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Is this email a trojan or attempted spyware? Dr-web daemon mail in email


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#1 BustedFlush

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Posted 12 November 2016 - 07:58 AM

Firstly i apologise for not being very technically aware. i have become very wary about potential spyware and other malicious attacks of late, and have been trying to learn on the fly. I am using a MacBook pro OSX Yosemite 10.10.5

 

i received this email about three weeks ago, which i have recently, while combing through my previous mails looking for anything suspcious, rediscovered.  I have never received anything from the sender, but sadly do not remember if i clicked on it or any other action when i received it. I did not reply to the message as was instructed in the mail though.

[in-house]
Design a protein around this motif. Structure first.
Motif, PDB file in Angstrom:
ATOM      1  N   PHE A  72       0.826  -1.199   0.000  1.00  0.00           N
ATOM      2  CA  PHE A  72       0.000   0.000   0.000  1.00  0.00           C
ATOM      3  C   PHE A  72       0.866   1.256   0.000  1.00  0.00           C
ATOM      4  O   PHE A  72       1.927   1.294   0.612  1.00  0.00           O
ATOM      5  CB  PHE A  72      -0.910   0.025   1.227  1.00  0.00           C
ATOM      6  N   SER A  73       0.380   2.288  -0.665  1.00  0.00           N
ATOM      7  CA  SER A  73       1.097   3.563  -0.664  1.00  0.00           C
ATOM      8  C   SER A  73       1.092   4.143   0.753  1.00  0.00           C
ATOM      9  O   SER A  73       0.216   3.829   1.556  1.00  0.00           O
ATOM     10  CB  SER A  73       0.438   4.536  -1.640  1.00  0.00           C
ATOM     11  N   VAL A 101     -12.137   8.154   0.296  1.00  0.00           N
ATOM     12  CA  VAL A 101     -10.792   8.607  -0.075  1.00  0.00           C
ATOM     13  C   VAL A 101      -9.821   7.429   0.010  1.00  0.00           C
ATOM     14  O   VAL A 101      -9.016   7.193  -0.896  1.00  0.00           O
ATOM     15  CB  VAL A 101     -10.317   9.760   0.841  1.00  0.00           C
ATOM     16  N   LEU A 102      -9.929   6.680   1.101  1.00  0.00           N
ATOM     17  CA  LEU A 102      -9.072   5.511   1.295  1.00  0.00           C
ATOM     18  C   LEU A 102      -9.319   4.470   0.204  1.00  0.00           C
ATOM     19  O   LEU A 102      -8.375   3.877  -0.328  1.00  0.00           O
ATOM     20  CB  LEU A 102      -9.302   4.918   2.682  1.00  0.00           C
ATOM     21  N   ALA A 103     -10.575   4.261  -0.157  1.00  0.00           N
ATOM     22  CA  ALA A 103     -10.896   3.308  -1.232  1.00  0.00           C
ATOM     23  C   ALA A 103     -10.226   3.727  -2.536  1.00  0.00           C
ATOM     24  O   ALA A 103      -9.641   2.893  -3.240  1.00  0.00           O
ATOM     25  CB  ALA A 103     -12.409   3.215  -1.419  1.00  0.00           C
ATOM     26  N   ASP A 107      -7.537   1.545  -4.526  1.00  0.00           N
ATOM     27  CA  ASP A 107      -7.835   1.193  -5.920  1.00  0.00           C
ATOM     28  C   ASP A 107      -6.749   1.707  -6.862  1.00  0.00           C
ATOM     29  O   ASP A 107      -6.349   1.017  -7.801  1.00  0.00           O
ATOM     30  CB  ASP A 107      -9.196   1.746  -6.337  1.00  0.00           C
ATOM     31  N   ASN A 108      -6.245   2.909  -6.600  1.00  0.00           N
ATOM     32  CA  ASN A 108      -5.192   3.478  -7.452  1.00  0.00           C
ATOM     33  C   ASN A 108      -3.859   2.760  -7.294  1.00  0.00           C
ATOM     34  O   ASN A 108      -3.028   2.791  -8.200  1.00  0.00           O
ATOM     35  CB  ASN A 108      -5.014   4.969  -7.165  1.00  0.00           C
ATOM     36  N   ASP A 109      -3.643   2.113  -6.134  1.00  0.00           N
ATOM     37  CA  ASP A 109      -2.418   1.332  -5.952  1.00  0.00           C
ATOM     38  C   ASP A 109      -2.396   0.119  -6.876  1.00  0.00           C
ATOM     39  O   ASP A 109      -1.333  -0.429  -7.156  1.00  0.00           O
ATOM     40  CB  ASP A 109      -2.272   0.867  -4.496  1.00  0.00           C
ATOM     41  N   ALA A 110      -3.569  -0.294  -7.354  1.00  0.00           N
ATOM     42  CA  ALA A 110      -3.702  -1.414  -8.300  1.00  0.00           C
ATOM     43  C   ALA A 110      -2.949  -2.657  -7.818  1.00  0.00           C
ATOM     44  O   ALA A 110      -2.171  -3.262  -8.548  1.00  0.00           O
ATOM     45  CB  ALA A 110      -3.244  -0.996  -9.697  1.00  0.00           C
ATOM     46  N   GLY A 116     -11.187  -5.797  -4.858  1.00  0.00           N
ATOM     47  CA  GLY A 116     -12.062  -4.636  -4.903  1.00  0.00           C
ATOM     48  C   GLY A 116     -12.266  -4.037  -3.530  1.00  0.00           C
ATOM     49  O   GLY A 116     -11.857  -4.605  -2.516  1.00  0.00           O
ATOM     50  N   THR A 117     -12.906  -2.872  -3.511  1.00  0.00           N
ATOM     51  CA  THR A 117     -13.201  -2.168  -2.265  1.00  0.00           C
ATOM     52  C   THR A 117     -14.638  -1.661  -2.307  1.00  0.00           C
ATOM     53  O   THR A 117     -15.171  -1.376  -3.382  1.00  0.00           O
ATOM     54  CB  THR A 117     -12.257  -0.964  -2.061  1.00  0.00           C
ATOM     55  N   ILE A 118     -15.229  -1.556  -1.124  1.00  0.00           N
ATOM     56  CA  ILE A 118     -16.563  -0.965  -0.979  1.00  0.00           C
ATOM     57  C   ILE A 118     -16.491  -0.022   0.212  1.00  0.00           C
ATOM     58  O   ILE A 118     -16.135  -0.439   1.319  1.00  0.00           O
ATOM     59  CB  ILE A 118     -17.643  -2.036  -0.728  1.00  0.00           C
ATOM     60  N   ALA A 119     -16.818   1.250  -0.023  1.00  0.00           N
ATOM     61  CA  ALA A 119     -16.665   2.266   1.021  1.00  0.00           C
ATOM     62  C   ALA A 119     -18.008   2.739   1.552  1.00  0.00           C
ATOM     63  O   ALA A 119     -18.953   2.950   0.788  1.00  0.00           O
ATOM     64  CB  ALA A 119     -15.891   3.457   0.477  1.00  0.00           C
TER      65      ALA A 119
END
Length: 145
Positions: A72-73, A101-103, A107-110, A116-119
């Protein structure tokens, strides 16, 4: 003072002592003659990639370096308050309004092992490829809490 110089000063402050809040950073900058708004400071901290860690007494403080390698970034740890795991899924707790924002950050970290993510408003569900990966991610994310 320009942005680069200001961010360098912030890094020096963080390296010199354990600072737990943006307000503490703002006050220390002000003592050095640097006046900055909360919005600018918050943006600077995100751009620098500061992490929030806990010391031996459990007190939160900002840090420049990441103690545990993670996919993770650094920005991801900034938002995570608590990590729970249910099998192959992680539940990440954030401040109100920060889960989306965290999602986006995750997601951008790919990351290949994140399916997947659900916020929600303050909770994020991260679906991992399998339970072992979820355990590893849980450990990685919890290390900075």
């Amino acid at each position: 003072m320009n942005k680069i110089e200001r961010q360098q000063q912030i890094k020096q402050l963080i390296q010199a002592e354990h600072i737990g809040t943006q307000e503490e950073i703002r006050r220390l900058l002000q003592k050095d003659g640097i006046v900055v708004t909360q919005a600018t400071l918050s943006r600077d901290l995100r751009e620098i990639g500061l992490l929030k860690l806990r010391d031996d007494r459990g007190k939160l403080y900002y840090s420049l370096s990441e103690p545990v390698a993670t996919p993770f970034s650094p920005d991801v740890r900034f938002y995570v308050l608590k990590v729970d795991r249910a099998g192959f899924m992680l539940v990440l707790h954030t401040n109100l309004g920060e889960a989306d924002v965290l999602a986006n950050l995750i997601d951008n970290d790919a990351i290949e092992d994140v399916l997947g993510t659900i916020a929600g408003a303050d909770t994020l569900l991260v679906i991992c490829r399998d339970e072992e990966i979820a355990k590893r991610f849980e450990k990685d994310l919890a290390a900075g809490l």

It also contained a file attached called 'no-name', which sadly i cannot recall if i clicked or not.

 

Who or what is the mail from? I can only assume it is an attempt to get into my system. I have since activated firewall and run through a number of security tightening measures, activating stealth mode, deleting cookies and such, but fear that these people are so far ahead of me in knowledge that my attempts may be futile.

 

I am sorry if this is basic, i ran a search in the forum and couldnt see anything similar. If someone could give me an idea what this means i would really appreciate it.

 

Thanks

 

DrWeb-DAEMON <DrWEB-DAEMON@plesk135.red166.trevenque.es>
cleardot.gifOct 24
cleardot.gif
 
cleardot.gif
cleardot.gif
to me
cleardot.gif
 
 
 
 
 
Dear User,

A message with the following attributes was not delivered because it contains an infected object.